The NSA has stepped up its surveillance of senior German government officials since being ordered by Barack Obama to halt its spying on chancellor Angela Merkel, Bild am Sonntag reported yesterday.
Revelations last year about mass US surveillance in Germany, in particular of Merkel’s mobile phone, shocked Germans and sparked the most serious dispute between the transatlantic allies in a decade.
Bild am Sonntag said its information stemmed from a high-ranking NSA employee in Germany and that those being spied on included Thomas de Maiziere, the interior minister and a close confidant of Merkel.
“We have had the order not to miss out on any information now that we are no longer able to monitor the chancellor’s communication directly,” it quoted the NSA employee as saying.
A spokesman for the interior ministry said it would not comment on the “allegations of unnamed individuals”.
To calm the uproar over US surveillance abroad, President Barack Obama in January banned US eavesdropping on the leaders of close friends and allies of Washington.
Germans are especially sensitive about snooping due to their experiences in the Nazi era and in Communist East Germany, when the Stasi secret police built up a massive surveillance network.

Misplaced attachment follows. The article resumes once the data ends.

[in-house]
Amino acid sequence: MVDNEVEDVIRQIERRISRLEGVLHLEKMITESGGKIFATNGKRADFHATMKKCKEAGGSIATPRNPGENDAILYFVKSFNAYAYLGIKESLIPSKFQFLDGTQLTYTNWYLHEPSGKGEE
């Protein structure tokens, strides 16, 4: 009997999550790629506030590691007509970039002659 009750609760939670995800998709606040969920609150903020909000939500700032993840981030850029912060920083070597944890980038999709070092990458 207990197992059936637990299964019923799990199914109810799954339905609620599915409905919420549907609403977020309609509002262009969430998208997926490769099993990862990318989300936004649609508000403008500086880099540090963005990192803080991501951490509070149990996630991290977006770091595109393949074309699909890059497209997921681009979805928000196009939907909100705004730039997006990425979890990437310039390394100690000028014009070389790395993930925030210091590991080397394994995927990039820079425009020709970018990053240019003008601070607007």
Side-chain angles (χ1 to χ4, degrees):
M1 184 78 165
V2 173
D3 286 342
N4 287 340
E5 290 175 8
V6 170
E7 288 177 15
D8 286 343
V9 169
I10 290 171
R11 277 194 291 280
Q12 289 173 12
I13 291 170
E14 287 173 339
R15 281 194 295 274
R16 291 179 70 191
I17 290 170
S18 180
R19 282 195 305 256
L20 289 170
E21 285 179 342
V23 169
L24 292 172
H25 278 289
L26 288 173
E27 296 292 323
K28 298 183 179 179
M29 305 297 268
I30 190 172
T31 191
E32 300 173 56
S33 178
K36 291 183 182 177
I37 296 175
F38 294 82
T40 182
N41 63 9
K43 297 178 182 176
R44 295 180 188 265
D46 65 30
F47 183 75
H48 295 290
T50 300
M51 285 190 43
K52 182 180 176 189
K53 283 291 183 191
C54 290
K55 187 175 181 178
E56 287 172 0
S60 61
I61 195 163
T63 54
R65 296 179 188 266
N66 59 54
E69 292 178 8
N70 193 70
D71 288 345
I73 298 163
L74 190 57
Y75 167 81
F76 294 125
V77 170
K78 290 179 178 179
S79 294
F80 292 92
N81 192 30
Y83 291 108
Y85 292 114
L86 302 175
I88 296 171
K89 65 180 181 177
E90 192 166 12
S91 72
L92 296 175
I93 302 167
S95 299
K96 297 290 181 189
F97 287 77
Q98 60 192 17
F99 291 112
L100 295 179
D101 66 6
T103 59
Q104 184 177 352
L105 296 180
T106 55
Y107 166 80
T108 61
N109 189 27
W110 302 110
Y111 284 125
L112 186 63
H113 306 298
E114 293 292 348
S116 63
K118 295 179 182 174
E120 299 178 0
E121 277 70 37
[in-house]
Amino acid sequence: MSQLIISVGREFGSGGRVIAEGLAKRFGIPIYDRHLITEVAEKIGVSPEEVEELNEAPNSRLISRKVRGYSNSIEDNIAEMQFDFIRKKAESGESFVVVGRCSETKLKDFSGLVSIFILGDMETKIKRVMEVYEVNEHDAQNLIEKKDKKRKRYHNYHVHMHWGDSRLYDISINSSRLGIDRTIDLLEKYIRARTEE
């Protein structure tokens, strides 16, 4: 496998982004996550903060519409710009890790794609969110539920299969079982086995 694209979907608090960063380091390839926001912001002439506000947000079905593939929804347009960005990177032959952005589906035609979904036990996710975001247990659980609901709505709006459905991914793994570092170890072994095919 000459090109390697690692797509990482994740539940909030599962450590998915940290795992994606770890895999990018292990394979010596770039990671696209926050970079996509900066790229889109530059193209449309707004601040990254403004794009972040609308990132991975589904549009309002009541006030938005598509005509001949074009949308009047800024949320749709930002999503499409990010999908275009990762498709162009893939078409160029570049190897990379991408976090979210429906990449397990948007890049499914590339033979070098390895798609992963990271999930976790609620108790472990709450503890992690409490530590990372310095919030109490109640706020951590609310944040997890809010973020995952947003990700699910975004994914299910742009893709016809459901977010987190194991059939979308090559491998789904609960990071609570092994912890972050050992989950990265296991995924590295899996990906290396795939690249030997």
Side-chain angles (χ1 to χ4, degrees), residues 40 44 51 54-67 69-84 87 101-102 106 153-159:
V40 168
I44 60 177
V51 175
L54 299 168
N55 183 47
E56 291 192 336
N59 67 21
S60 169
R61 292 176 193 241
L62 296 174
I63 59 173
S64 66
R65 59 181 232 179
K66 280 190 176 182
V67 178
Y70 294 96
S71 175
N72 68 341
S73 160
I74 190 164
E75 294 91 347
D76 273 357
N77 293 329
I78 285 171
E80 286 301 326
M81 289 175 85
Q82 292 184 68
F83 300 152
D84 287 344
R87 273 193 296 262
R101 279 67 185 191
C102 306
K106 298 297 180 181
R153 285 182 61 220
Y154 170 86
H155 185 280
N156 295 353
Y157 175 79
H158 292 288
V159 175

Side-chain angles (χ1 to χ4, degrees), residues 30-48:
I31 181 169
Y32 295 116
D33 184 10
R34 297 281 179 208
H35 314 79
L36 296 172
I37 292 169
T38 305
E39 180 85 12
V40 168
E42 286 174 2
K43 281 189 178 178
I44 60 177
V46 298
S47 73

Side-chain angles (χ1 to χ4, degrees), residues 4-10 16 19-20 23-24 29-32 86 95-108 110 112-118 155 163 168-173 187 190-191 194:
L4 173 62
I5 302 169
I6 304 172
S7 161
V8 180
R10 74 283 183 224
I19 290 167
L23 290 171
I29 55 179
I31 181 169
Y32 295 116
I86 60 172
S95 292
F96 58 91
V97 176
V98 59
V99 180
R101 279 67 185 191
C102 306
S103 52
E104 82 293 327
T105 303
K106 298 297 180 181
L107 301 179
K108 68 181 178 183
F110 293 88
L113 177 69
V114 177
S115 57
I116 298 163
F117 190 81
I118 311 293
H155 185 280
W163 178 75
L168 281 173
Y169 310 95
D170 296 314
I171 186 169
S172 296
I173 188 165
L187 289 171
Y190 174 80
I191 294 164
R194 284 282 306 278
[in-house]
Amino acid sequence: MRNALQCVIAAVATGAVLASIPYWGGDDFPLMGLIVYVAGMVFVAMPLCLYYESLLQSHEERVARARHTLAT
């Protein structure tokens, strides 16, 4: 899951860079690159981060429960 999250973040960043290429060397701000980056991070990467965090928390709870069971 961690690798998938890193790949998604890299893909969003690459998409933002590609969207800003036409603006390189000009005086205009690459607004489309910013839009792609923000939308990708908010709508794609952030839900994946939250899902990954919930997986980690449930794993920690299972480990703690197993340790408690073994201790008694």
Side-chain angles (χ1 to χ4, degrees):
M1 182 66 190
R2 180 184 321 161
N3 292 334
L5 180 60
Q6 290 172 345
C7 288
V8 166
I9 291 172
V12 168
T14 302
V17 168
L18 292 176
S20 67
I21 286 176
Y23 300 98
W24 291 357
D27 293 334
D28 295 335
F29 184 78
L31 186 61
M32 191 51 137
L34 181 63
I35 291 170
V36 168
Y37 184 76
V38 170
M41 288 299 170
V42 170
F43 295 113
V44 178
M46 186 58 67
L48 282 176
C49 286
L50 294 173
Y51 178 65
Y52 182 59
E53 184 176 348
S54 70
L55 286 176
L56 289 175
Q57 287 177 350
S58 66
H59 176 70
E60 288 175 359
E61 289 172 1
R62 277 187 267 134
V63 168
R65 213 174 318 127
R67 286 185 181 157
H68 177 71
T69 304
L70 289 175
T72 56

Berlin has been pushing, so far in vain, for a “no-spy” deal with Washington. Frank-Walter Steinmeier, the foreign minister, is due to visit the US on Thursday but has doubts such a deal would have much effect.
Bild am Sonntag quoted a security adviser to Obama, Caitlin Hayden, as saying: “The United States has made clear it gathers intelligence in exactly the same way as any other states.”
The paper said the NSA was monitoring 320 people in Germany — mostly politicians but also business leaders.
Steinmeier said he was hopeful the US has understood that surveillance of political partners “can have a political price”.
He was quoted as saying in an interview with Der Spiegel yesterday that the task of overcoming differences over US surveillance activities “should not be underestimated”.
He added his voice to growing scepticism over a hoped-for “no-spy” accord with the US, saying: “I doubt that a ‘no-spy’ agreement will get us much further.”
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